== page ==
Right before the Langley trail starts getting steeper, there is a use trail that cuts off to the left and heads down towards the Soldier Lakes. There is hardly a trail here, but it doesn’t matter much. The soft sandy landscape is very forgiving and easy to hike down.
As the trail descends, the upper Soldier Lake begins to come into view and we were treated to our first proper views of the Sequoia backcountry.
Our goal for our route to Miter Basin was to keep as much altitude as possible from the Soldier Lakes instead of descend all the way down to the bottom of the canyon and then back up towards Miter Basin. This worked out perfectly and we even happened upon a beautiful tarn overlooking the basin on our way.
Off-trail travel here is incredibly easy. Pretty much any way works without much effort, and it’s always beautiful.
Our destination for the second night was Sky Blue Lake, which fully lived up to its name. The lake is surrounded by enormous cliffs on three of its sides, which provides for an incredible experience that is hard to translate to a photo.
That night was perfectly calm, and we awoke with the pleasant surprise of finding Sky Blue Lake nearly still in the morning light.
Day three had us heading off-trail over Crabtree Pass to the Crabtree Lakes. The terrain here quickly became quite different from what we experienced in the lower Miter Basin, and proper navigation and route finding skills became necessary. Fortunately, my partner had researched the route a good deal, since I had only decided to tag along at the last second, but I found it to be pretty intuitive for the most part, and we eventually just ended up forging our own path.
For some reason, I had expected the upper part of Miter Basin to be an uninviting, barren stretch of Sierra, but I was consistently in awe of each crystal clear tarn or lake that I passed.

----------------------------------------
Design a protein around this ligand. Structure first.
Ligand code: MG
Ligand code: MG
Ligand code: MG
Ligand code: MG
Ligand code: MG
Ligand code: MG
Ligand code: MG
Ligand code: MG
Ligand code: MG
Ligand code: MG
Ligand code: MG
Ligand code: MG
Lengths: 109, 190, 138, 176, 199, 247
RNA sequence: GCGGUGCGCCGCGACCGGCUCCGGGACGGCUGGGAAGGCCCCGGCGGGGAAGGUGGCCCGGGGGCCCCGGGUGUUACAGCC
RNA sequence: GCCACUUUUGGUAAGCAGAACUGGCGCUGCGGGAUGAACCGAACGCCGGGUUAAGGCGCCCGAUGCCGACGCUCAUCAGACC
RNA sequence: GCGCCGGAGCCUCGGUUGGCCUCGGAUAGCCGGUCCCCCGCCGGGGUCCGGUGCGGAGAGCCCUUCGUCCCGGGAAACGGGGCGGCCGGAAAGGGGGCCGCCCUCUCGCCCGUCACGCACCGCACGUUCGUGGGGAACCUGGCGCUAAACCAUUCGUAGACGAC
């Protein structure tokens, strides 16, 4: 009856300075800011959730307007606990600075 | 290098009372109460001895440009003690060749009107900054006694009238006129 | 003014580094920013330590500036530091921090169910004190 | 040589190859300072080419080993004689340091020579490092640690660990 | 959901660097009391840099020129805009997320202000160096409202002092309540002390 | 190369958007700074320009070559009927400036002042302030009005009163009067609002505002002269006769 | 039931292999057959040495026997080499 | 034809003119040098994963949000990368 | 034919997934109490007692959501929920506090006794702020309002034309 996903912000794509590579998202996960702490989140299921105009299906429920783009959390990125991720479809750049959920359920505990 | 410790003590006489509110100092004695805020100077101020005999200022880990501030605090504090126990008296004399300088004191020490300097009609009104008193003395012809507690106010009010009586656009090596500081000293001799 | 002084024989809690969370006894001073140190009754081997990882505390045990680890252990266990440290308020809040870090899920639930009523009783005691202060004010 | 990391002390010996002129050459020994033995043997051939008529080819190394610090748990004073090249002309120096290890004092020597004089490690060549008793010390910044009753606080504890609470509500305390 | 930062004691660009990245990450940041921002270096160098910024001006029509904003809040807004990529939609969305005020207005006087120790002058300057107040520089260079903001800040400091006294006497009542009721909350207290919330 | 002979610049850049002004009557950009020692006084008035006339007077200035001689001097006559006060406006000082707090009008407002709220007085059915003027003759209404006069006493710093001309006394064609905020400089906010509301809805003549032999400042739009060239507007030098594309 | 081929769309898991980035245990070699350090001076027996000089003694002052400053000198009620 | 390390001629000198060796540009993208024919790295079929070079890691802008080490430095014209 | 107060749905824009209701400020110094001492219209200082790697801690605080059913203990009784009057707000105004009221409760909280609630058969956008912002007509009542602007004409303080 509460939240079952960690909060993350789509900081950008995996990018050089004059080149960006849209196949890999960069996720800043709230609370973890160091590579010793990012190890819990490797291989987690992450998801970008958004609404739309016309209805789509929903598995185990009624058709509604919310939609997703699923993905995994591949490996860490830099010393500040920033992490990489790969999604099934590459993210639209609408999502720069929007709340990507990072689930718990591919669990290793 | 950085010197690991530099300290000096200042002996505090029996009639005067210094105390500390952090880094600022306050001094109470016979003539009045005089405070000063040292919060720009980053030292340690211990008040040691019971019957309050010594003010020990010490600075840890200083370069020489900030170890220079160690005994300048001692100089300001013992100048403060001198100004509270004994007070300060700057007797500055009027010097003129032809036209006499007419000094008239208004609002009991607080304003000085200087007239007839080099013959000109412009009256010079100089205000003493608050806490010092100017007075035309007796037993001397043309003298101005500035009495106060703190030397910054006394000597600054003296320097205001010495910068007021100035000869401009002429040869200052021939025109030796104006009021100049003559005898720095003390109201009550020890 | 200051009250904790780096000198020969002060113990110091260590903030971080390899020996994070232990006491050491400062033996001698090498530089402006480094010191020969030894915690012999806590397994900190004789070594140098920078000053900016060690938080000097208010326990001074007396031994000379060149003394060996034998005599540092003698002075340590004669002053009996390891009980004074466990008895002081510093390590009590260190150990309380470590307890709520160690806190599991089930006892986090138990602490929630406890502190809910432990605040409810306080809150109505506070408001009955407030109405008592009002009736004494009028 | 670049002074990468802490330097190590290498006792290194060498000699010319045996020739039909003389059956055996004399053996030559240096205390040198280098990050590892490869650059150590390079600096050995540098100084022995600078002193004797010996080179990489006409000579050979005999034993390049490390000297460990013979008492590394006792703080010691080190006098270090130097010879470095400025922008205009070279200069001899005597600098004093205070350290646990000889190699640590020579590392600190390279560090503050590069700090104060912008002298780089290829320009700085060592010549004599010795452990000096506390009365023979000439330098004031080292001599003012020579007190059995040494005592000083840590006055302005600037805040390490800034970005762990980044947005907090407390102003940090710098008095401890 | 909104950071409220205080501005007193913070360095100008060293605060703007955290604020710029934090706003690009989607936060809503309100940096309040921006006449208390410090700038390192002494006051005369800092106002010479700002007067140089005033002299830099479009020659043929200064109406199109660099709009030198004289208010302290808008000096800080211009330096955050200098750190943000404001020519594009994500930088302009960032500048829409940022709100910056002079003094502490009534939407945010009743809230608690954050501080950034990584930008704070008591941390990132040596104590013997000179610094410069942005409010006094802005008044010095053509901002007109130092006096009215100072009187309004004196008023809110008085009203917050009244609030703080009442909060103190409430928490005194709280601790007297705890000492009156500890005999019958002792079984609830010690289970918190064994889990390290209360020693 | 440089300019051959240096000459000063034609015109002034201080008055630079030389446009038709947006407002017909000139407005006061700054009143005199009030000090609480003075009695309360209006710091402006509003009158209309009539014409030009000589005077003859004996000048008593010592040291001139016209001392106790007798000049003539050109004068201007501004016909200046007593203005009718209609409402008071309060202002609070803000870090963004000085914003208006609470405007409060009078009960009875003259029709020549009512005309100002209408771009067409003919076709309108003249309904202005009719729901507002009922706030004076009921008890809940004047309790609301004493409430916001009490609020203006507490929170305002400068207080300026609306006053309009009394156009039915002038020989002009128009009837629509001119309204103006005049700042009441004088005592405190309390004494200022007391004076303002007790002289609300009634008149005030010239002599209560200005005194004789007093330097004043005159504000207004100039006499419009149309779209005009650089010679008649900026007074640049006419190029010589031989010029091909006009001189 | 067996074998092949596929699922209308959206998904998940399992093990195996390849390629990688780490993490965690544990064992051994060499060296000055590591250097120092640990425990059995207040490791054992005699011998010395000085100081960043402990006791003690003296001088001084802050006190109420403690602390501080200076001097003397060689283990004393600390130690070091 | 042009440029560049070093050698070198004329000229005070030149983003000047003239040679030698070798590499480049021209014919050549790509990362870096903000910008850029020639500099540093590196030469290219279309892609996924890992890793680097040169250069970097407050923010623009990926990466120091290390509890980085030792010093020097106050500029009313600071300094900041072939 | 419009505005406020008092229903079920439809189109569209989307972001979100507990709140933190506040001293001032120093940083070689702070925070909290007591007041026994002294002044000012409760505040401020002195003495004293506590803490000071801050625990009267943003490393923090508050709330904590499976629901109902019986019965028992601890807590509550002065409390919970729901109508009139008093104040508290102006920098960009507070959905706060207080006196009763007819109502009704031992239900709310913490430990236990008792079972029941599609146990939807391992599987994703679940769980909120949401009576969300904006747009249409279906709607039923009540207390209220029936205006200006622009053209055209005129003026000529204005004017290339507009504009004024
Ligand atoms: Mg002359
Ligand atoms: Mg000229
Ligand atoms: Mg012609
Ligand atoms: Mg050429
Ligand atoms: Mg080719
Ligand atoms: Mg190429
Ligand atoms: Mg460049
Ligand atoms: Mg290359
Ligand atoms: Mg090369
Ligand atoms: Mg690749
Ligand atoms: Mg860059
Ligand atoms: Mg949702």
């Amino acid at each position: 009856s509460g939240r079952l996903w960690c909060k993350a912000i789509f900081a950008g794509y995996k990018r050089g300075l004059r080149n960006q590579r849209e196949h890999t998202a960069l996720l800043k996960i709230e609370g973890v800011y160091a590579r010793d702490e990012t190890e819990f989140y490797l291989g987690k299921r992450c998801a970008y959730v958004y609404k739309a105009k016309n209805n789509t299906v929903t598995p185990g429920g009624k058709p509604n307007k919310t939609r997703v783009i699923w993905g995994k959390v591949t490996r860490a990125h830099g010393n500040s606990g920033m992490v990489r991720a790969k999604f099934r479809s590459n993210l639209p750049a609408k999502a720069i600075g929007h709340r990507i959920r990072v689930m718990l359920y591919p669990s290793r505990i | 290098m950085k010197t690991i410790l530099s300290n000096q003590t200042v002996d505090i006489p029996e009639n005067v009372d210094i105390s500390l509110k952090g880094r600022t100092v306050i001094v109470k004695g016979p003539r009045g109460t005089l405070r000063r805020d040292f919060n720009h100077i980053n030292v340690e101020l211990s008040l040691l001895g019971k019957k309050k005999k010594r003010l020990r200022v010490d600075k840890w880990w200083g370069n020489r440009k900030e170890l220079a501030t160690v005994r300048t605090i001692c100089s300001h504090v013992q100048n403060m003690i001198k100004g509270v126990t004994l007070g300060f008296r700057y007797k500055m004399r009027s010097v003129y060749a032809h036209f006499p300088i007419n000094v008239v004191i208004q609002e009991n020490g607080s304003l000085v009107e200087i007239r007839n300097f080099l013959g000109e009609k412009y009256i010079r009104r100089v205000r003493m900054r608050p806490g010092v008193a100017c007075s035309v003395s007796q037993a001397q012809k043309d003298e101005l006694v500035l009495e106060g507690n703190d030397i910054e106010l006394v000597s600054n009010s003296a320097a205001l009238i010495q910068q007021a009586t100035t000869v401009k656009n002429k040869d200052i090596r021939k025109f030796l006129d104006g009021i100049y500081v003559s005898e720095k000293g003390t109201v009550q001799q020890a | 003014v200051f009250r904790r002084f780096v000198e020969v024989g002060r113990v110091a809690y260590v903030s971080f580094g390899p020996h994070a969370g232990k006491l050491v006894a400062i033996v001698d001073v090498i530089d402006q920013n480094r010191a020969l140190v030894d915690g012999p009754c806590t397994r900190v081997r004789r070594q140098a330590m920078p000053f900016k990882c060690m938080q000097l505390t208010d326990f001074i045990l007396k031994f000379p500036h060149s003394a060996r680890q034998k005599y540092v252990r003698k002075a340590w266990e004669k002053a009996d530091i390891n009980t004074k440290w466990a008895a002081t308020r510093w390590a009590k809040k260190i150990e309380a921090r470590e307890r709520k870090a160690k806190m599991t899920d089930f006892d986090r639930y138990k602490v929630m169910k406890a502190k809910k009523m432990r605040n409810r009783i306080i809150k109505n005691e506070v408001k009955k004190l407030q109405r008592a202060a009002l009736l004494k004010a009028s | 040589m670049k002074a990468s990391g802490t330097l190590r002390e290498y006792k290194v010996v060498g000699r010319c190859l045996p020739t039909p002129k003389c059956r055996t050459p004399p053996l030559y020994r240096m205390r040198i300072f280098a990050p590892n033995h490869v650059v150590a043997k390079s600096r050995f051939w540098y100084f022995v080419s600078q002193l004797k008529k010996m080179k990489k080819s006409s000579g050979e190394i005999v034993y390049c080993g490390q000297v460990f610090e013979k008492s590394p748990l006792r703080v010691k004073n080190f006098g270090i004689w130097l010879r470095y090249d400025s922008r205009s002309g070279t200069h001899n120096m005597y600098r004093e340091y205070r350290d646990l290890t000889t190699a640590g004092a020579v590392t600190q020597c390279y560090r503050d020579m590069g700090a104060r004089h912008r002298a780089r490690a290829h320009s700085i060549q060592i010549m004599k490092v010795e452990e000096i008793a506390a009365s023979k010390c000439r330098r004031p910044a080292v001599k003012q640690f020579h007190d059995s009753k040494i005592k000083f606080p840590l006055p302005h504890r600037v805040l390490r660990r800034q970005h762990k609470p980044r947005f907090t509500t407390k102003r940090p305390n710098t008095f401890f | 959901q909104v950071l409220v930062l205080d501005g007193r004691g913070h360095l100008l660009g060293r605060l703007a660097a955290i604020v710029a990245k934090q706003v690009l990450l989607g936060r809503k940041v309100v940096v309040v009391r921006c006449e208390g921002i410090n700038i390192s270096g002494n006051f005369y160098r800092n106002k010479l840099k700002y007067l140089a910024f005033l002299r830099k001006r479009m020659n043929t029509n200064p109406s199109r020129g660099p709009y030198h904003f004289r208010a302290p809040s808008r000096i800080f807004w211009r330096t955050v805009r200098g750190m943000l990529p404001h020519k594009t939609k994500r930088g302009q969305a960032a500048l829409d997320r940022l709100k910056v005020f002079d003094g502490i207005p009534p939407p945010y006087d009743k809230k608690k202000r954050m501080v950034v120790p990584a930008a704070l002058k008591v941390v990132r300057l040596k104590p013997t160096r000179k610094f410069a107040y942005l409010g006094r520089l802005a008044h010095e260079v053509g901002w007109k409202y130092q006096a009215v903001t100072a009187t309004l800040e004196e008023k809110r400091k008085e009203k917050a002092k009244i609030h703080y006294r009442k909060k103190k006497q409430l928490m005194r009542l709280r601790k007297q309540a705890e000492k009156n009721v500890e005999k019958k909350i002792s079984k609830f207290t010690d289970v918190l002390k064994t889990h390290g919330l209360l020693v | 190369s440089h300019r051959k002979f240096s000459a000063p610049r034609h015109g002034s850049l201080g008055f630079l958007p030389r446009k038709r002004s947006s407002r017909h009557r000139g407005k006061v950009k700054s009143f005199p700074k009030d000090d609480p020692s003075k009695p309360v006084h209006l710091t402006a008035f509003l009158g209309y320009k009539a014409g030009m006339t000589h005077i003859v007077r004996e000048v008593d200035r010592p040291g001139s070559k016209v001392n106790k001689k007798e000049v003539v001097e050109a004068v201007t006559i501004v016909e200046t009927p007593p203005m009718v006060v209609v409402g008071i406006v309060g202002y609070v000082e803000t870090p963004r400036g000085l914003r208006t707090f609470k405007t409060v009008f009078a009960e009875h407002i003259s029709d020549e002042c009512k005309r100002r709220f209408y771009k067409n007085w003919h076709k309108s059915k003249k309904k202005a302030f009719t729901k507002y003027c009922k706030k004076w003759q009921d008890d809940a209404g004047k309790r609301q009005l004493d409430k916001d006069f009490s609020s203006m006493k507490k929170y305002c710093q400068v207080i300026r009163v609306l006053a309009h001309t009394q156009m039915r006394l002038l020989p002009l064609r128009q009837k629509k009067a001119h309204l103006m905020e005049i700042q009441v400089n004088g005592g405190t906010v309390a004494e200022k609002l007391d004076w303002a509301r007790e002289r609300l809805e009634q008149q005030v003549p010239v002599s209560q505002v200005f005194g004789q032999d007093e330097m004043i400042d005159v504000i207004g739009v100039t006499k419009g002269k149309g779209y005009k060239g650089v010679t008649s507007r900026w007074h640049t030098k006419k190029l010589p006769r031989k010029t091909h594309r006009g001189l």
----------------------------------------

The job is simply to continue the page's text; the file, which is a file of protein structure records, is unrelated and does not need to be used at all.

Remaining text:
This is a strange, fantastic place that defies expectations.
The view from the top of Crabtree Pass shows the stark contrast between the two basins. Crabtree Basin is dominated by three huge lakes that dwarf any of the lakes in Miter Basin.
At the pass we ran into the only people we’d see for the day, who happened to be a married couple of backcountry rangers that had each hiked up from separate sides of the pass so that they could meet up on their day off. How cool is that?
They saw me scouting the terrain looking down to the right from the pass, which is the route that had been recommended to my partner in his research. They offered up some advice to head left down a chute that was had a loose but safe use trail. It’s not often that you have a backcountry ranger giving you on location navigation advice, so we took it without any hesitation.
I think that our originally planned route could potentially be better if you were ascending Crabtree Pass from this side, but going down the chute was quick and pretty easy.
Soon enough we were traversing along the use trail that goes around the north side of the lake. Looking back, Crabtree Pass looked far more imposing than what we had just gone down. It’s remarkable how the scope of the mountains can warp your perspective. Some routes that look dangerous from a distance turn out to the completely benign, while other routes that look perfectly doable can reveal nasty surprises once you get closer in.
On the other side of the upper Crabtree Lake, off trail travel becomes much easier and we were able to follow smooth granite slabs adjacent to small trickling streams on our way to the second lake. This section was particularly nice.
The highlight of this basin is the big sandy beach on the northern shore of Second Crabtree Lake. A sprawling beach like this is a rare treat in the Sierra, and combined with a view towards the towering cliffs on the southern side of the lake, it doesn’t get much better.
A trail emerges on the way down to the first Crabtree Lake, which is a short walk away from the second lake.